The Unbeaten Path

#28BlackArchitectsIn28Days

By Christian J. Hughes, Assoc. AIA Posted on February 15, 2015

Can you name 28 architects? 2015-02-13 21.23.14The average young to intermediate architecture professional probably could not. Though 28 is an arbitrary number, I am using it as a unit of measure as there are 28 days in the month of February, also known as African-American History Month. I have created a series, #28BlackArchitectsIn28Days, with the intent to identify 28 African-American architects, one for each day. The series covers historic firsts, such as Dr. Robert Robinson Taylor, the first registered African-American Architect, and present-day game changers, such as Saundra Little, AIA, founding principal of Centric Design Studio in Detroit, Michigan and AIA Detroit’s Chapter Director, also known as an “Eco-Architect.” (It should be noted that both of the terms “Black” and “African-American” are used in this writing to delineate Americans of African descent – the term “Black” simply flows better in a hashtag compared to the term “African-American,” but in conversation and in writing, I prefer the term “African-American.”)

As much of a challenge as it may be for some to name 28 architects, I submit that it is even more of a challenge to identify 28 African-American architects. Once I embarked on this journey, a lot of my colleagues wished me “good luck,” as they too would have a difficult time identifying 28. Here lies the relevancy of #28BlackArchitectsIn28Days. I do not need to recount the race and gender statistics of the profession of architecture or of the membership of the AIA – they are self-evident when one attends an AIA event and looks around the room to find it predominantly filled with Caucasian males. If a person of a minority racial background wants to enter into the profession of architecture, who can they look up to that looks like them? Though #28BlackArchitectsIn28Days does not cover the gambit of minorities in this country, it is a start towards shedding light on what minorities have accomplished and contributed and are accomplishing and contributing to the profession of architecture.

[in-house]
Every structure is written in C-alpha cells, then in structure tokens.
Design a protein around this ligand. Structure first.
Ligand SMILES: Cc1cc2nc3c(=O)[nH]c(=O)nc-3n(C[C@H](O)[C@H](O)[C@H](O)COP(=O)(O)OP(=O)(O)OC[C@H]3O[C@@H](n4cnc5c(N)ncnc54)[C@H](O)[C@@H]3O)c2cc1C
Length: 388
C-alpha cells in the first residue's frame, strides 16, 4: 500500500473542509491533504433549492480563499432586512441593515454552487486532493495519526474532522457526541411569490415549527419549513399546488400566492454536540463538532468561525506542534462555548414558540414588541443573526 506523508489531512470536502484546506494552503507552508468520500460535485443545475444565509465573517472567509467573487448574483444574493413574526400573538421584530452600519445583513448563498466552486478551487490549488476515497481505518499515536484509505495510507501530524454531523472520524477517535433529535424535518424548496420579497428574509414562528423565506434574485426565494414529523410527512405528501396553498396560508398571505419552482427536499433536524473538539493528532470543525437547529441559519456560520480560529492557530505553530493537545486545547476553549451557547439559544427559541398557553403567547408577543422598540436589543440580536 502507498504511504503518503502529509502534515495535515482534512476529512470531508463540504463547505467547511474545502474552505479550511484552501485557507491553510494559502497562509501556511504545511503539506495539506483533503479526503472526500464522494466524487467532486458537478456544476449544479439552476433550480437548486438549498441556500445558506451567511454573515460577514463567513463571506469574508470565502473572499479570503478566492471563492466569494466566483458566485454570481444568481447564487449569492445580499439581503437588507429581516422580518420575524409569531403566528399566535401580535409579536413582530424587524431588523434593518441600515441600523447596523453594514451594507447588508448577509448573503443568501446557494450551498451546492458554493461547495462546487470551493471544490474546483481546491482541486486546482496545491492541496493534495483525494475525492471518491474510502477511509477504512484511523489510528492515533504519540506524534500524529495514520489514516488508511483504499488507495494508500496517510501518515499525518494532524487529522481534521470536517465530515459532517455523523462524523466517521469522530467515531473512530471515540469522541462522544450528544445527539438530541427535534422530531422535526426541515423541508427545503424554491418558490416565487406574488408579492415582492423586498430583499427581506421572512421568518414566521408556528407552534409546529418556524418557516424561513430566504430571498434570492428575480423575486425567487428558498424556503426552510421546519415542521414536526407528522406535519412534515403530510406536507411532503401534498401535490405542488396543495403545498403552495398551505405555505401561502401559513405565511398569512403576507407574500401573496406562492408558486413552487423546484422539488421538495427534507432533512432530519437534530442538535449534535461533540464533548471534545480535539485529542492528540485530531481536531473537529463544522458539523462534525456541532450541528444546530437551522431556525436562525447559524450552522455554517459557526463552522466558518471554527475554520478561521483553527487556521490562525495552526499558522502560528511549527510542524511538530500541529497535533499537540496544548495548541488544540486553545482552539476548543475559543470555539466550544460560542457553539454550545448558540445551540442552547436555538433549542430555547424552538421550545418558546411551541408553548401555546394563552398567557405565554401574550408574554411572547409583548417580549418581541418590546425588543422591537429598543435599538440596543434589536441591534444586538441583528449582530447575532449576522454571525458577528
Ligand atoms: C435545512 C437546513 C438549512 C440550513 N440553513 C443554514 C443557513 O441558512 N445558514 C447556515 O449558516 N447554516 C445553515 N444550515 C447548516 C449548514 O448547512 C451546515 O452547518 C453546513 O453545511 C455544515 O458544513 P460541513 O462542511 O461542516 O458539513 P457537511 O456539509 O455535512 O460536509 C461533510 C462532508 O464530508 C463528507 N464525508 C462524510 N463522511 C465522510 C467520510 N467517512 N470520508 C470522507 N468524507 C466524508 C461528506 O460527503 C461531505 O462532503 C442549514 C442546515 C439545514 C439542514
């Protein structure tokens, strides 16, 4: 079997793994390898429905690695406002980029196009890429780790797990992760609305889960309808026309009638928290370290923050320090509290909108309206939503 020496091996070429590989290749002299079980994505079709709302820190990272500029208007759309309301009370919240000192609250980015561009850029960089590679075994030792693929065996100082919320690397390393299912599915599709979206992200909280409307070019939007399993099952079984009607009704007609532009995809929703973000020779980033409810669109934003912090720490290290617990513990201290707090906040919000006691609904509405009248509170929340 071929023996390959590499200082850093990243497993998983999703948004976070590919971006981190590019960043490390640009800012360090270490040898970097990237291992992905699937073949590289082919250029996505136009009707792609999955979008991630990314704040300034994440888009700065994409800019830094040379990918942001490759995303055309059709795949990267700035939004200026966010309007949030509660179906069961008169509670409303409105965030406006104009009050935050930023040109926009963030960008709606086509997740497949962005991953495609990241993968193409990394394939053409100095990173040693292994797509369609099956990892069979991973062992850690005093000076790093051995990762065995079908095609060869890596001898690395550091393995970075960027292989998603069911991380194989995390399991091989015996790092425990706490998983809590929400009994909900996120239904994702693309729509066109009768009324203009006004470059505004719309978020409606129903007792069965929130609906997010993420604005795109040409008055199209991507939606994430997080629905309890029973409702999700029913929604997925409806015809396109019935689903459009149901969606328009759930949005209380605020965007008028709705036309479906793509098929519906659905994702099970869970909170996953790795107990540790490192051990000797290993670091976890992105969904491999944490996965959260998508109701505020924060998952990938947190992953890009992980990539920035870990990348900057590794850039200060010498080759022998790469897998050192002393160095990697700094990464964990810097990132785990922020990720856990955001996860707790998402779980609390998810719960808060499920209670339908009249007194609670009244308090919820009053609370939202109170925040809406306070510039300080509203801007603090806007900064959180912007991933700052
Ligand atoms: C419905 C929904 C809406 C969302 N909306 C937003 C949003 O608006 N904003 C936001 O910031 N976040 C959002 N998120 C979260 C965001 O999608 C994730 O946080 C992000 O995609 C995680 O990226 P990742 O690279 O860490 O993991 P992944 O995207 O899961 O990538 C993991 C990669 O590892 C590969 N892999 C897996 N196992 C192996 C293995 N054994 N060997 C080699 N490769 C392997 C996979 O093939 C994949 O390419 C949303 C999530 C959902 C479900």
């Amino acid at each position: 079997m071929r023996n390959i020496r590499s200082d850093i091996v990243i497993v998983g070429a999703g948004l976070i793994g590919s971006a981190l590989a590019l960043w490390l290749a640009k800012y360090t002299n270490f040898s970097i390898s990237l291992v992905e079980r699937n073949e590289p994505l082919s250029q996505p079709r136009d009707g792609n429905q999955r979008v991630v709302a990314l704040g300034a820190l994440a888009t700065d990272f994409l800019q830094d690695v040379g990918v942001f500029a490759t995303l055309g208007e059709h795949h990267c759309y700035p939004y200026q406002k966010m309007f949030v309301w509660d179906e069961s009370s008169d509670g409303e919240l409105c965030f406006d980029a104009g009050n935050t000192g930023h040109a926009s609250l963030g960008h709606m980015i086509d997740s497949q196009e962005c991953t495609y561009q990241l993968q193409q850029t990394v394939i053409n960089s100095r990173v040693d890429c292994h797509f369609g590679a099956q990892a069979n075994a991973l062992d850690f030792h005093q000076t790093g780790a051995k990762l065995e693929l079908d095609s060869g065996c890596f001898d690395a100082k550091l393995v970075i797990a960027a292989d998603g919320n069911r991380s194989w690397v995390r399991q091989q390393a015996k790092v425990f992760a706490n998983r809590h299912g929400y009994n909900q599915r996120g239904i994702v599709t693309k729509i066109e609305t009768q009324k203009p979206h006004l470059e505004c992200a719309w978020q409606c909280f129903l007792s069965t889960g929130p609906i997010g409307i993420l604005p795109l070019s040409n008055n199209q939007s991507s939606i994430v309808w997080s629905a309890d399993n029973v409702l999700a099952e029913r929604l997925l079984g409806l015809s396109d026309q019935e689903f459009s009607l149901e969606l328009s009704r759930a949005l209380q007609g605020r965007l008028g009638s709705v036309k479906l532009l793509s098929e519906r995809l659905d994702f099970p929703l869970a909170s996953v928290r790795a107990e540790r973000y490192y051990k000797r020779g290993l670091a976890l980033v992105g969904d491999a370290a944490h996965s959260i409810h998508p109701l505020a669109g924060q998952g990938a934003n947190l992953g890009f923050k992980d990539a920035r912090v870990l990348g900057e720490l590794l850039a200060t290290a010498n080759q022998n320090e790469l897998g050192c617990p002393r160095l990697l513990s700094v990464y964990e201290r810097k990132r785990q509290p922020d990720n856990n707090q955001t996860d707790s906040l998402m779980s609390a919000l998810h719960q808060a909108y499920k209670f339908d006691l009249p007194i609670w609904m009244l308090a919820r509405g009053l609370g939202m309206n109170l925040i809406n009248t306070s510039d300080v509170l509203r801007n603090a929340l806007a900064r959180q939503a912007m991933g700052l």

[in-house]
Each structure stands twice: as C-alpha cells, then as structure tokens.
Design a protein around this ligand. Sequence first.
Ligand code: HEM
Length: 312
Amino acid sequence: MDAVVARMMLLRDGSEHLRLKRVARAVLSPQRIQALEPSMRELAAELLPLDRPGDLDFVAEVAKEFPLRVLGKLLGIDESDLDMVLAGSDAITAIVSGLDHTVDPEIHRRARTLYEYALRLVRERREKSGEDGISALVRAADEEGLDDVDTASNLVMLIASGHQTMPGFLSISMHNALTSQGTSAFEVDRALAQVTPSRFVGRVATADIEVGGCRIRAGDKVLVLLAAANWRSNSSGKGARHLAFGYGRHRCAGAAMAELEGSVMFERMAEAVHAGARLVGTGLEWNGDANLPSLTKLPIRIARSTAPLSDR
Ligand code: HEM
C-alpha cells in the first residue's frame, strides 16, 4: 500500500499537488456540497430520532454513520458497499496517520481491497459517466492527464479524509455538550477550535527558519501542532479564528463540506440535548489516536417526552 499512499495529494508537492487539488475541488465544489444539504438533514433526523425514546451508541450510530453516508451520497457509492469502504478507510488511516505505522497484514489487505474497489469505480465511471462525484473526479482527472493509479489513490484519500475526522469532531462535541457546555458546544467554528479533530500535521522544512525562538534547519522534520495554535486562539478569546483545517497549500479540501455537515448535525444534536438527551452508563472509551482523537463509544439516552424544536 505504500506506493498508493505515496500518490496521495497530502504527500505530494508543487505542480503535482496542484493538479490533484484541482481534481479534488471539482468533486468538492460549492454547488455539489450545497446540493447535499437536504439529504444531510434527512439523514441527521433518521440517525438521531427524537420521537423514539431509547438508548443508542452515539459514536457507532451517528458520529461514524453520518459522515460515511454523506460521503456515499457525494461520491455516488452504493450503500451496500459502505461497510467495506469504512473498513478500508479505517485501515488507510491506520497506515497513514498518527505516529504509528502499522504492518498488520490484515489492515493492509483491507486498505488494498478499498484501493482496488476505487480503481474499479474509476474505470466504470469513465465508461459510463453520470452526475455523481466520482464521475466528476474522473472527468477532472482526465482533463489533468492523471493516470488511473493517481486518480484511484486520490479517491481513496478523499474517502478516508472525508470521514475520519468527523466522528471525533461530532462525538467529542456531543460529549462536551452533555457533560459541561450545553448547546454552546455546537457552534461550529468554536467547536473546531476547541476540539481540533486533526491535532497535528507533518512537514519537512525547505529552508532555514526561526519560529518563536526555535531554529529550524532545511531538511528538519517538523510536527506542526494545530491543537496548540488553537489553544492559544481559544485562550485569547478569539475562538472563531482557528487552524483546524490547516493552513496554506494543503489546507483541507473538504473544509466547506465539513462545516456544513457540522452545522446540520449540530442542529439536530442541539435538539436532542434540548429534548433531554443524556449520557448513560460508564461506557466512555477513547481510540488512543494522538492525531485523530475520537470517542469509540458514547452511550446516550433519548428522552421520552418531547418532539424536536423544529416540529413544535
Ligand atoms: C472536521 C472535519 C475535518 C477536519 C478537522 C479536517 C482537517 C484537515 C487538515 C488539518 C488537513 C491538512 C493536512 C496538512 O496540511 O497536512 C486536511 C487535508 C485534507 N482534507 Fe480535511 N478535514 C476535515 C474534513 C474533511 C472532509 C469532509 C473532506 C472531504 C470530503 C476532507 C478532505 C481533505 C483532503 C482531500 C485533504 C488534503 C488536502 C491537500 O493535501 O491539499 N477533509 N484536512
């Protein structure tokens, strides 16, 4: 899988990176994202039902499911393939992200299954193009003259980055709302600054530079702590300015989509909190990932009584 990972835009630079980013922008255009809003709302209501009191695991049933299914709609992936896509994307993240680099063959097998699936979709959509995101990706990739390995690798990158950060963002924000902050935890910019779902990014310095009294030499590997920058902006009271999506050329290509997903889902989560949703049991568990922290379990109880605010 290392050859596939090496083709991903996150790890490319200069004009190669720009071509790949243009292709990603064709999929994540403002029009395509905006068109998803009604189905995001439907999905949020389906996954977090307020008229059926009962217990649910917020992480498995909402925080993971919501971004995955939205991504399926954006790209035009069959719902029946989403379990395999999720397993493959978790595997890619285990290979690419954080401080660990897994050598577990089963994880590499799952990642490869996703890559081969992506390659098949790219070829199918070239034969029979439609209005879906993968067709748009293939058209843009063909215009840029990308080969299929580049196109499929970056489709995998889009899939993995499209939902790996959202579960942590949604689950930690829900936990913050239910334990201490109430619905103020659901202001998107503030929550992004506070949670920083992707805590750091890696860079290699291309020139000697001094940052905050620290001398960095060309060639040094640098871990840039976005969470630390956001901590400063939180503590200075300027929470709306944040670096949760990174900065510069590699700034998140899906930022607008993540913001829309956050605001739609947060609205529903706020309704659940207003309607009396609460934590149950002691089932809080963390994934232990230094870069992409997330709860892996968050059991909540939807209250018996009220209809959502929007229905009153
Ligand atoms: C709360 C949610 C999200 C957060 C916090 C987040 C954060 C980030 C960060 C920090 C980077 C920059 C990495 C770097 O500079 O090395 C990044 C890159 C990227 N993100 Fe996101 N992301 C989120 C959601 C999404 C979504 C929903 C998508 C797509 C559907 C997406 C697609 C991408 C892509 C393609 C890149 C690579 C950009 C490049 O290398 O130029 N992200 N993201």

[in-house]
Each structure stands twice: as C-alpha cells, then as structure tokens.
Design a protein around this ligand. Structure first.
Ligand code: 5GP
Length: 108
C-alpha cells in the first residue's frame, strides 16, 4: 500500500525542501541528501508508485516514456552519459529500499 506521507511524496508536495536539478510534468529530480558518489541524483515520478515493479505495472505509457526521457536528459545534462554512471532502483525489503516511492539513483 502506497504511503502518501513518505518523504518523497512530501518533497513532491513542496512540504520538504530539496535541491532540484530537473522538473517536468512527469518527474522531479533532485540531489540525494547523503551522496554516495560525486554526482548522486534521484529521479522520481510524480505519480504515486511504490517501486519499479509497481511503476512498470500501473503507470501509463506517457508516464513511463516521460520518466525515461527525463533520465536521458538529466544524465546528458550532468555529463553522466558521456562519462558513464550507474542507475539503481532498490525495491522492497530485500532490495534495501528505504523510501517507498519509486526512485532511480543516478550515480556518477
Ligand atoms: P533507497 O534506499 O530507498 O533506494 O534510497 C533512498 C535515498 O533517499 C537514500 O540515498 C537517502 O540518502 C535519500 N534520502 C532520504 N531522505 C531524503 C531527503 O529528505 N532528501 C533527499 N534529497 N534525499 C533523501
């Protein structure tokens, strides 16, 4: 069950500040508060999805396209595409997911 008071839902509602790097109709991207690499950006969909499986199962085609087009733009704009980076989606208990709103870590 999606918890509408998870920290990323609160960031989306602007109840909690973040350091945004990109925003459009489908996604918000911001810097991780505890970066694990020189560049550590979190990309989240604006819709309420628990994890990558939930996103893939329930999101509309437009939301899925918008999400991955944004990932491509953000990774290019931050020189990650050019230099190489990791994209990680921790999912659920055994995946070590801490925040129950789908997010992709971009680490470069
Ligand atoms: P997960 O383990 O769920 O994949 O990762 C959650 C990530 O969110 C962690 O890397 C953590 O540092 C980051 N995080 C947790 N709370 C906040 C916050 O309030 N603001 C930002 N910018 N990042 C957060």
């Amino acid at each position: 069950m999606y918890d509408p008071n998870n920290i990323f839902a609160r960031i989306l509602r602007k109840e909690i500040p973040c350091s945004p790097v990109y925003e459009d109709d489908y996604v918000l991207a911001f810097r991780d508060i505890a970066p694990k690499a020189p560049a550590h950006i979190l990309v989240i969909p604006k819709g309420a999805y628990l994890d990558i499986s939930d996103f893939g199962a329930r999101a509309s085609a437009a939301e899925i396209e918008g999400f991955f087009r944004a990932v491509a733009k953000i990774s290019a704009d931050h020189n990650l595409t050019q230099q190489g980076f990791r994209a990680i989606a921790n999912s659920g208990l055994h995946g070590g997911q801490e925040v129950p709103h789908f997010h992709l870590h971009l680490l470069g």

My journey to identify 28 African-American architects is only a part of what I have been called to do – to assist in increasing female and minority interest and participation in the profession of architecture through exposure. Through my work, I may reach a young African-American male or female who could be similar to how I was as a child – gifted with the ability to draw and conceptualize that which is not seen, coupled with the wonder of building design and construction, but too young to know that the intersection of their interests is “architecture.” Minorities typically have been exposed to the “back-side” of things: construction; there are plenty of minority construction workers. The design process is not known to or understood by even some of the most educated of minority persons, if he or she has never been exposed to the design-bid-build or design-build/fast-track delivery methods. These persons can go through life blamelessly ignorant of how their built environment is conceptualized then constructed, but are well versed in algebra, physics, astronomy, etc.